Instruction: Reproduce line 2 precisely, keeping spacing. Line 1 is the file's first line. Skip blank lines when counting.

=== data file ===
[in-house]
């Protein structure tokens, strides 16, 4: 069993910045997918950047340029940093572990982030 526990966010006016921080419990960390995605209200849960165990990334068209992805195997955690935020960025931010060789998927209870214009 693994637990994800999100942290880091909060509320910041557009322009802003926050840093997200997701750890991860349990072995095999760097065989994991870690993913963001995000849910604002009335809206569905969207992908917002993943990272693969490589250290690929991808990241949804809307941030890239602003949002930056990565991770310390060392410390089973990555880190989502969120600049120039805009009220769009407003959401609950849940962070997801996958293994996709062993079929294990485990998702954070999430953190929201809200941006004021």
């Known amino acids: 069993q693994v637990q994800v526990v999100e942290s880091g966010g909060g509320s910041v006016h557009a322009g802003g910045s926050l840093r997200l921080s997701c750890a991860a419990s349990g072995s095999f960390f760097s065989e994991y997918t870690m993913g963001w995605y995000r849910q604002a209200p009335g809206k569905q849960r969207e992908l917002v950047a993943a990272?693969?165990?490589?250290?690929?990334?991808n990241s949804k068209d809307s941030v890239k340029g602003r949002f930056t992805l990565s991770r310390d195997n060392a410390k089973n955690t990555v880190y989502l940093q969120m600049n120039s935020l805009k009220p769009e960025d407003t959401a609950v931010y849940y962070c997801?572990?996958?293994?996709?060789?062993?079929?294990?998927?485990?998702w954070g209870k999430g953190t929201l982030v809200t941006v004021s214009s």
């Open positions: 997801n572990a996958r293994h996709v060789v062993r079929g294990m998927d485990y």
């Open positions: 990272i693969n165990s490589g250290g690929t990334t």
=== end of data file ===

């Protein structure tokens, strides 16, 4: 069993910045997918950047340029940093572990982030 526990966010006016921080419990960390995605209200849960165990990334068209992805195997955690935020960025931010060789998927209870214009 693994637990994800999100942290880091909060509320910041557009322009802003926050840093997200997701750890991860349990072995095999760097065989994991870690993913963001995000849910604002009335809206569905969207992908917002993943990272693969490589250290690929991808990241949804809307941030890239602003949002930056990565991770310390060392410390089973990555880190989502969120600049120039805009009220769009407003959401609950849940962070997801996958293994996709062993079929294990485990998702954070999430953190929201809200941006004021």